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Taliban says no direct peace talks with govt in Kabul until foreign troops leave Afghanistan

Taliban says no direct peace talks with govt in Kabul until foreign troops leave Afghanistan
A senior Taliban official rejected direct talks with the US-backed central government in Kabul, saying that no inter-Afghan political negotiation is possible as long as foreign soldiers are present.

Negotiations will start only after the withdrawal of the US-led NATO mission from Afghanistan is announced, the spokesman for the Taliban’s political office in Qatar, Suhail Shaheen, said.

The Taliban has held seven rounds of direct talks with US officials in Qatar’s capital, Doha since October, but refused to do the same with the government in Kabul, which it considers illegitimate.

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On Saturday, Afghanistan’s state minister for peace affairs, Abdul Salam Rahimi, said the government will be ready to sit down with the militants within the next two weeks if the Taliban accepts the offer. The talks can be hosted by a European nation, and a 15-person negotiating team is currently being formed, he said.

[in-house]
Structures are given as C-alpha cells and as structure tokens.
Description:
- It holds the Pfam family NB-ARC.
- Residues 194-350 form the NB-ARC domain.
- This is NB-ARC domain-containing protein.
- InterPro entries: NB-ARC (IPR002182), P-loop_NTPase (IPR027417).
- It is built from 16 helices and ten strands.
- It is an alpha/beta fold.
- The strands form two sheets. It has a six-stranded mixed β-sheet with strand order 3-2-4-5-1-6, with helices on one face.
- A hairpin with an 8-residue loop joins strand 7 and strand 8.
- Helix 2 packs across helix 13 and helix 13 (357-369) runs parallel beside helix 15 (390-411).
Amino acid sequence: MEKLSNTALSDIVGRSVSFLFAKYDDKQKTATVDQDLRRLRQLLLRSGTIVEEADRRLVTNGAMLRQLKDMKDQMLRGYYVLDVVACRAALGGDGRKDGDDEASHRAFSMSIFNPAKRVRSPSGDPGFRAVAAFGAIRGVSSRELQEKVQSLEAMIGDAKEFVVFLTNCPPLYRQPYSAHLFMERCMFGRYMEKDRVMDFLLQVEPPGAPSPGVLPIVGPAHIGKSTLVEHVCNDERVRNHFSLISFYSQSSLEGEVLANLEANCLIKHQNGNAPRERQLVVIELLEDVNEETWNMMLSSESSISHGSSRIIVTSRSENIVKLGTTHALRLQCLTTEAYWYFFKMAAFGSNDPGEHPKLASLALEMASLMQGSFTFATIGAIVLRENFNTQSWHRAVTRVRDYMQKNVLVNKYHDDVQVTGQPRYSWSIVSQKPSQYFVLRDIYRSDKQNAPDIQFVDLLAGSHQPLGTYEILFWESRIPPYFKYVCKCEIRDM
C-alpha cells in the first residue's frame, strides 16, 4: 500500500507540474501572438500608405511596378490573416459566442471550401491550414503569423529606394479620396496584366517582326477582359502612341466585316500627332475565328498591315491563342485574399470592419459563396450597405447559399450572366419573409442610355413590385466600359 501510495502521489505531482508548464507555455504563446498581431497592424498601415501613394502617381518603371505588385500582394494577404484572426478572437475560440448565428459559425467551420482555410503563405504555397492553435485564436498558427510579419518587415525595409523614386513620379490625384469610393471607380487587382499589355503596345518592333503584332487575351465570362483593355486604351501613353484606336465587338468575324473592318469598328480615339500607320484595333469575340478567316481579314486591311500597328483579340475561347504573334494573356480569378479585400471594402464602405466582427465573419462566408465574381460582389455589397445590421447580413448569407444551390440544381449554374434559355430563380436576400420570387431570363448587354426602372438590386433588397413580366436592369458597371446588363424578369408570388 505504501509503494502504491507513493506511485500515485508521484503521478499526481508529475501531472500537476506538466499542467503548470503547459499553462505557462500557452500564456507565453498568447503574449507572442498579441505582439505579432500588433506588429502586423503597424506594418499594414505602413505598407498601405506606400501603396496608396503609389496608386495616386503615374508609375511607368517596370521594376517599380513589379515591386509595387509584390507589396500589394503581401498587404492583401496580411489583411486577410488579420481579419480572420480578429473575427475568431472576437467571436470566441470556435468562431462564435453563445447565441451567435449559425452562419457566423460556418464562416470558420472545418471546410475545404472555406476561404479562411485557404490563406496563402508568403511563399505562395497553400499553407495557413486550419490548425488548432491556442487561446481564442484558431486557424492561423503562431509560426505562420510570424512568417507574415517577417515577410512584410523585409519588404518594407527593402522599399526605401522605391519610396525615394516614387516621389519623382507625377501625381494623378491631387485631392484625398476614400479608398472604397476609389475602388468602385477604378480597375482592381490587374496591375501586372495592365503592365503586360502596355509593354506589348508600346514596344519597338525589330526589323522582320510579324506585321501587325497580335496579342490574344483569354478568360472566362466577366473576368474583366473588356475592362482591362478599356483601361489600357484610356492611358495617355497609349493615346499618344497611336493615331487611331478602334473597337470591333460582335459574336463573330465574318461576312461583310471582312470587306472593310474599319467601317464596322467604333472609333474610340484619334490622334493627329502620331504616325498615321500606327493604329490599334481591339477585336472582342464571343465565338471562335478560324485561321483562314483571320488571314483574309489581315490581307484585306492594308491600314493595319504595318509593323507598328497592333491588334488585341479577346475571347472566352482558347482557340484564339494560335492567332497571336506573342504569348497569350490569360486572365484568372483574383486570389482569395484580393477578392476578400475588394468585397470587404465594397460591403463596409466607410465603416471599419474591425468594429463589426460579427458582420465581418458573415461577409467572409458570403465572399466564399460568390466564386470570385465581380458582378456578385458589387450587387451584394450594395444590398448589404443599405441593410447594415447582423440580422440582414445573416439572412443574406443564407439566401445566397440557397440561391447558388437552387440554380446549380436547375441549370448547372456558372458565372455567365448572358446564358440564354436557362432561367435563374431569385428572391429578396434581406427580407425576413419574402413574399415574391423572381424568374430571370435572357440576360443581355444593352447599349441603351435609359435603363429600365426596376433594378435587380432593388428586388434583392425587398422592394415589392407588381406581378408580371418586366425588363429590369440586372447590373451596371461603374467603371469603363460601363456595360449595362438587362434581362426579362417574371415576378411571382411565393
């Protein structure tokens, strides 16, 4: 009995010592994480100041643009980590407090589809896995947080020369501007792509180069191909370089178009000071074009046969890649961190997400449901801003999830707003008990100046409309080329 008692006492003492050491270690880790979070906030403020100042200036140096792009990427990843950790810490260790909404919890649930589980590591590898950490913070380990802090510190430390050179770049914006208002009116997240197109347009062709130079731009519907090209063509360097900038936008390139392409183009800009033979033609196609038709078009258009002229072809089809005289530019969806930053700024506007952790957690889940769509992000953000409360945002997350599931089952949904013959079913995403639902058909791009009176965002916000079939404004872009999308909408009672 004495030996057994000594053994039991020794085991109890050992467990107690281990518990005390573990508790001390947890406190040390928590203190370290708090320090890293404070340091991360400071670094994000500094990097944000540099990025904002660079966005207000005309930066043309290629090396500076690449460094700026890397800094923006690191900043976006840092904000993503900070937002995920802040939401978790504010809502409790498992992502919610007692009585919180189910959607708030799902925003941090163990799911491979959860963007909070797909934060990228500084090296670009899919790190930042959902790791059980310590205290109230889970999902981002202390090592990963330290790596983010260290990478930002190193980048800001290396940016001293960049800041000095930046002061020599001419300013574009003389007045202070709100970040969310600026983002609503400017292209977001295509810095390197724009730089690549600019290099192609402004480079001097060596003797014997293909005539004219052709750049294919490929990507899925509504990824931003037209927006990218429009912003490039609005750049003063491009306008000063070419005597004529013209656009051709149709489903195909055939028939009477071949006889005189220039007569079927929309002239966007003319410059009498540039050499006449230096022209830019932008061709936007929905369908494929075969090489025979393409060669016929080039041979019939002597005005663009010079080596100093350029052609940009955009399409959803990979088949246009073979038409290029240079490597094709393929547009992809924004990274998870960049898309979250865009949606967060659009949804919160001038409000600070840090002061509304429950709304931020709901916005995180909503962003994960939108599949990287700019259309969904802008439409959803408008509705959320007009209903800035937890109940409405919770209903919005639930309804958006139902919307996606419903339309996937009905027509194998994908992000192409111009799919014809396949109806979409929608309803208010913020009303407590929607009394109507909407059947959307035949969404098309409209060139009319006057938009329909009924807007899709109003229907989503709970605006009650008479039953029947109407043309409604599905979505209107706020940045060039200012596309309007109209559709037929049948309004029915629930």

The US special envoy for Afghanistan reconciliation, Zalmay Khalilzad, said the inter-Afghan talks will not take place until Washington signs its “own agreement” with the Taliban.

Despite nearly two decades of the presence of US-led forces in the country, militants still control large swathes of territory, and in recent years, Kabul has been steadily losing ground to the Taliban. According to the US special inspector general for Afghanistan Reconstruction (SIGAR), the central government had effective control over just 53.8 percent of the country’s districts in October 2018 – a significant drop from 72 percent in 2015.

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